“Cloud adoption in the legal market still trails other sectors significantly,” said Jennifer Curry, INAP’s SVP of Global Cloud Services. “The most-cited reason is concern about privacy and data security. INAP’s secure private cloud solutions make a lot of sense for an industry focused on not only ensuring the privacy and security of information, but also on faster, better, more effective ways to manage legal tasks and documents.”

Both companies focus on providing flexible, lightweight solutions to customers in regulated industries.

“INAP is always looking to establish alliances with disruptive tech companies,” said Waldorf. “Our scalable, reliable and secure platform offers best-in-class architecture with all the convenience and power of any well-established cloud provider. NMBL wants to leverage INAP’s platform to continue to disrupt an industry ripe for technology-driven change.”

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Feb 6, 2020

The Most Overhyped Tech Trends and Buzzwords of 2020

Laura Vietmeyer, Managing Editor

Tech trends impacting IT departments evolve at a break-neck pace. Whether they are expected or not, this reality forces IT pros to quickly distinguish which trends are relevant and which can be treated with skepticism.

To learn what tech trends really deserve attention in the coming year, we presented 500 senior IT professionals and infrastructure managers a list of general tech and IT buzzwords and asked whether these trends will be overhyped or noteworthy in 2020.

Take a look at the results:

Tech trends

Trends IT Pros Deemed as Over-Hyped

None of the buzzwords/trends broke 50 percent in the over-hyped column. While there wasn’t a broad consensus, augmented reality (AR), 5G wireless, biometric authentication, blockchain and AI in the data center claimed the top five spots in this category.

Augmented Reality

AR ranked highest on the list of over-hyped trends at 39 percent, but the majority agree that it deserves attention (51 percent). Why the disparity? It may depend on whether or not AR has practical applications for the IT pro’s industry or business.

There are plenty of examples of AR being incorporated across a variety of use cases. While it more prominently (and visibly) has to capture the imagination of the public, AR has also worked its way into the data center. As this technology continues to develop, a greater majority of IT pros might come to view AR as something worth giving attention.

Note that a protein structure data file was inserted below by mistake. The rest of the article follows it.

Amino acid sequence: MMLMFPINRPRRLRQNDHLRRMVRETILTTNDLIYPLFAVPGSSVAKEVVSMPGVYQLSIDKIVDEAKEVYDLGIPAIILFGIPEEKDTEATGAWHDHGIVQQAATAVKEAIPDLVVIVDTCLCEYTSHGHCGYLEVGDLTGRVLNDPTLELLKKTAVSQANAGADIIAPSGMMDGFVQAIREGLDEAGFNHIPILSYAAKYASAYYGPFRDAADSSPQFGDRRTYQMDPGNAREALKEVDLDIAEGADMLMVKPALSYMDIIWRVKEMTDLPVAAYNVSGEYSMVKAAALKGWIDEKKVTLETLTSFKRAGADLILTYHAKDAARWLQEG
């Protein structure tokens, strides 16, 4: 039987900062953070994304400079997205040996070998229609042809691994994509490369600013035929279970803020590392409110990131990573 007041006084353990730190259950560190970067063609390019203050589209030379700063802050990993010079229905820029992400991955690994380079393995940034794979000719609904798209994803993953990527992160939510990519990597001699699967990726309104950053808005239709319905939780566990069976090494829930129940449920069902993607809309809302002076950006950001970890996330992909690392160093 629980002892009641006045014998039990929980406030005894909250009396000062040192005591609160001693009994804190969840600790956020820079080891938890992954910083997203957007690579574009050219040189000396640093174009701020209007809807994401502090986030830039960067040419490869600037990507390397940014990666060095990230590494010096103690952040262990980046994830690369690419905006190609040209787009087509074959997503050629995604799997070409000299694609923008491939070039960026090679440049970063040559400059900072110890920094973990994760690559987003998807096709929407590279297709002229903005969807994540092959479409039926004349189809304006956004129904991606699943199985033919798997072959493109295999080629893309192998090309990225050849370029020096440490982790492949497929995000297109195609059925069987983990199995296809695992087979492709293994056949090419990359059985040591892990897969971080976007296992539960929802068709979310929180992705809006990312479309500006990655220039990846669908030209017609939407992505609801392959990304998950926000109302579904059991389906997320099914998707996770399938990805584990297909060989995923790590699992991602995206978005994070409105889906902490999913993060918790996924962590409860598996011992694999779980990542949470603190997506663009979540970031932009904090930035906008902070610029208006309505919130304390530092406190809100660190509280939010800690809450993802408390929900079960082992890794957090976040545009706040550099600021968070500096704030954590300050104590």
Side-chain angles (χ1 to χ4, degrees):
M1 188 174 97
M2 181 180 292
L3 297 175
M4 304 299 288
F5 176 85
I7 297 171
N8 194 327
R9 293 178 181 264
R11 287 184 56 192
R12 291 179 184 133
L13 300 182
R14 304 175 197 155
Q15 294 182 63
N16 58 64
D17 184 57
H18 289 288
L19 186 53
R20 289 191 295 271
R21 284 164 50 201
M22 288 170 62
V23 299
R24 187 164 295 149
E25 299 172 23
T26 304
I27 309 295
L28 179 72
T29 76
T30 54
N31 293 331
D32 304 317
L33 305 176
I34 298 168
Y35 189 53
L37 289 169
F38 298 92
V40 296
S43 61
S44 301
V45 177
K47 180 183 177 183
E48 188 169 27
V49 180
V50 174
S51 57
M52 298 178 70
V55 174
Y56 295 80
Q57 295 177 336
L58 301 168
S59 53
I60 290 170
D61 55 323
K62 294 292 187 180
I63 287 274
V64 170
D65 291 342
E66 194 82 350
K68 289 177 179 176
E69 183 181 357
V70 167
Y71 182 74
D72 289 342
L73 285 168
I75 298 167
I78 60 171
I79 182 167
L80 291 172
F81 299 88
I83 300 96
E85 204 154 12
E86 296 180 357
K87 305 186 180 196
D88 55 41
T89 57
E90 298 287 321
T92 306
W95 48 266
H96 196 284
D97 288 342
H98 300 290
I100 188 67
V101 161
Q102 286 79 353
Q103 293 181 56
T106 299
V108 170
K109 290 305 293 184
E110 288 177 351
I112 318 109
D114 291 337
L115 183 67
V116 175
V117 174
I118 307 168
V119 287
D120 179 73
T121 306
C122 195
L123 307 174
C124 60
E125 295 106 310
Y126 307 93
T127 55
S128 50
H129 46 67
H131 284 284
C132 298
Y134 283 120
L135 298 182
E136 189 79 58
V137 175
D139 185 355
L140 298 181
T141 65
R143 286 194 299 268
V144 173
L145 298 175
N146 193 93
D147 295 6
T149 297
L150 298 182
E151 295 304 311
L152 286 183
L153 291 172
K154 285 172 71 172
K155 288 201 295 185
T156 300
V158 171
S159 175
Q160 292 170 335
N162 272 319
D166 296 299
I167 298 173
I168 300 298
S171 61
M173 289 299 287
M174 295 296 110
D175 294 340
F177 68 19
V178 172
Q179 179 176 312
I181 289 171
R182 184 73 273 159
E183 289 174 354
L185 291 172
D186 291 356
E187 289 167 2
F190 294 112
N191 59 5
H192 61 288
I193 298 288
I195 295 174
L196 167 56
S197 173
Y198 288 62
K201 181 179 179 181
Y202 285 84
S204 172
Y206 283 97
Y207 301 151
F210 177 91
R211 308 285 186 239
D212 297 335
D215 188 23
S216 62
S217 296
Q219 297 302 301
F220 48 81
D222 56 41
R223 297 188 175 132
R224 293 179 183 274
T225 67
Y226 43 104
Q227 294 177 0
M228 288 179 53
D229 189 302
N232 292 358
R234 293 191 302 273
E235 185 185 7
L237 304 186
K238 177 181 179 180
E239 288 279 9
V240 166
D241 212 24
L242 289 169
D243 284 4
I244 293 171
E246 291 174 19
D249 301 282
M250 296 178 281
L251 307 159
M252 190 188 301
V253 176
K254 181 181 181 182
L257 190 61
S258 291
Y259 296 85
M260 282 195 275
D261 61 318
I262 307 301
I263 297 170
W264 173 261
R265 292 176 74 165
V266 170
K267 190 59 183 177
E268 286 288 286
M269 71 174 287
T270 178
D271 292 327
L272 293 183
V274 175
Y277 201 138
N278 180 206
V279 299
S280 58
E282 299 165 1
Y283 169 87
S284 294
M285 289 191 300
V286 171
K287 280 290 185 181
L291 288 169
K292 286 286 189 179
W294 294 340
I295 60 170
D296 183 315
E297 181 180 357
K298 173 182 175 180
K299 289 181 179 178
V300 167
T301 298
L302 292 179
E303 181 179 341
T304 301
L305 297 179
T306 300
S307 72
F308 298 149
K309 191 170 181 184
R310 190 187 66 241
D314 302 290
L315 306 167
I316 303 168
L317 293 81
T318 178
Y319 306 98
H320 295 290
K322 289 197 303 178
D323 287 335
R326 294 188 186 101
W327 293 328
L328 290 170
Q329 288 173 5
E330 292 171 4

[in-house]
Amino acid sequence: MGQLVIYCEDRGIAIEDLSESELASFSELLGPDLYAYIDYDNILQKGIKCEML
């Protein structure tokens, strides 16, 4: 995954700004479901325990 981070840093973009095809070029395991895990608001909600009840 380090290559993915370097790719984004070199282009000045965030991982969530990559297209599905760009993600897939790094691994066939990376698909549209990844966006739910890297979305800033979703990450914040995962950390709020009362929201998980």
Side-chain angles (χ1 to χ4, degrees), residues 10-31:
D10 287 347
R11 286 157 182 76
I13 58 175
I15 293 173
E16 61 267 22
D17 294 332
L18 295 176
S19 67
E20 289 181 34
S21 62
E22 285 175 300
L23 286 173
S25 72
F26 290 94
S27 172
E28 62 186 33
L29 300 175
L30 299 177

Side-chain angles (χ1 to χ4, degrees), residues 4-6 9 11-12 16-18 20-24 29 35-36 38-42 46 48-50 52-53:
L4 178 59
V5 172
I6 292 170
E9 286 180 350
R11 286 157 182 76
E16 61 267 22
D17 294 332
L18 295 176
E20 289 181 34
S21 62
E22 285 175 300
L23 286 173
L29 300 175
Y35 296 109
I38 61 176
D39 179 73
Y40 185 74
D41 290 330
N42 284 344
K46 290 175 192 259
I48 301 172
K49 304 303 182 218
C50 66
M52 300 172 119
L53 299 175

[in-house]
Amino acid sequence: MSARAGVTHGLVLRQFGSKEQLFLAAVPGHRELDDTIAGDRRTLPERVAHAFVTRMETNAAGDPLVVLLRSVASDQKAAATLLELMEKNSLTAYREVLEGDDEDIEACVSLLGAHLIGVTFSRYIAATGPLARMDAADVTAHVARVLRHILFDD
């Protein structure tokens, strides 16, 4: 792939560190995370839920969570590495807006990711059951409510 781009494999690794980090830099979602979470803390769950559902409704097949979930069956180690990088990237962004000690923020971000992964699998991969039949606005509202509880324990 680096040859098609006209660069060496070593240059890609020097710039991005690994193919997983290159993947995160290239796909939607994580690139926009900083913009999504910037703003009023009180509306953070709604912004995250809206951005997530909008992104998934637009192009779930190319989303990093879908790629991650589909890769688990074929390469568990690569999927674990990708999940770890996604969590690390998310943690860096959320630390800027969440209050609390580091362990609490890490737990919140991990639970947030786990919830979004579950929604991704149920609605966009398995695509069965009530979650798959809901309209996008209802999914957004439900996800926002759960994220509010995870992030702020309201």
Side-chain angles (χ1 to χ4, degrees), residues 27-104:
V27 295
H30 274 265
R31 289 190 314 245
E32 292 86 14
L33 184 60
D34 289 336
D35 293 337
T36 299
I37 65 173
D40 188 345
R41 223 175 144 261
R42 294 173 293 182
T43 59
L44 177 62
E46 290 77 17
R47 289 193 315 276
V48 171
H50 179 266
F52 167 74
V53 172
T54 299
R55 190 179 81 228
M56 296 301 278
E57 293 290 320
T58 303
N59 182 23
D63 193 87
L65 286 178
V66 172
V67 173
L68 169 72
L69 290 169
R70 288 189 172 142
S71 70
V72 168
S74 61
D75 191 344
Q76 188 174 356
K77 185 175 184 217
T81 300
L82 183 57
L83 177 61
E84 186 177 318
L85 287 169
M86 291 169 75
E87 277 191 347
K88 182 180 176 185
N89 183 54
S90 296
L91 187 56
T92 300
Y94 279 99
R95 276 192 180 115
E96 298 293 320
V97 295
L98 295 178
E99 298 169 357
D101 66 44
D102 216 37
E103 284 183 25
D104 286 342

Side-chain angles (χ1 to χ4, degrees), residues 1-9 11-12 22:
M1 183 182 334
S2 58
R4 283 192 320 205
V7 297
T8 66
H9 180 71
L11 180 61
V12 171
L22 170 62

5G Wireless

This next frontier in wireless may be a popular topic of discussion, but 35 percent of IT pros think it will be overhyped in 2020. Mary Jane Horne, INAP’s SVP of Global Network Services, weighed in on the on the 5G buzz at CAPRE’s seventh annual Mid-Atlantic Data Center conference in September 2019.

“Just because I have a region with 5G, doesn’t meant that that particular provider is going to get it to the destination the fastest,” said Horne. “I need to have a variety of providers I can pick from. 5G is only going to be fast as the background network.”

CNN Business notes that most consumers won’t be using 5G technology until 2025. At the enterprise level, conversation on 5G will be more relevant when upstream network infrastructure is better equipped to handle it.

Biometric Authentication

While it may come as a surprise that 1 in 3 IT pros view this proven, cutting-edge branch of security technology as over-hyped, it may not be practical for every business or IT team.

Biometric authentication is another layer of protection on top of a strong security system, and it can frequently apply to specific locations, such as data centers or other high-security facilities. However, for day-to-day user access, it may not hold as much of a practical application as implementing two-factor authentication.

What Tech Trends Will Earn IT’s Attention in 2020?

Participants showed greater consensus on what is really deserving of attention in 2020, with 71 percent of pros agreeing on the top buzzwords—machine learning and digital transformation. DevOps and multicloud rounded out the top four, with more than 65 percent of IT pros saying these trends deserve attention.


Multicloud strategies continue to gain traction as we launch into 2020. The model gives companies the flexibility to pick the right environments that allow their workloads to run optimally.

“The adoption of multicloud by enterprises spurs the innovation of tools to monitor and manage across platforms and increases the value of the role MSPs play in partnering to design and manage these complex scenarios,” says Jennifer Curry, SVP of Global Cloud Services.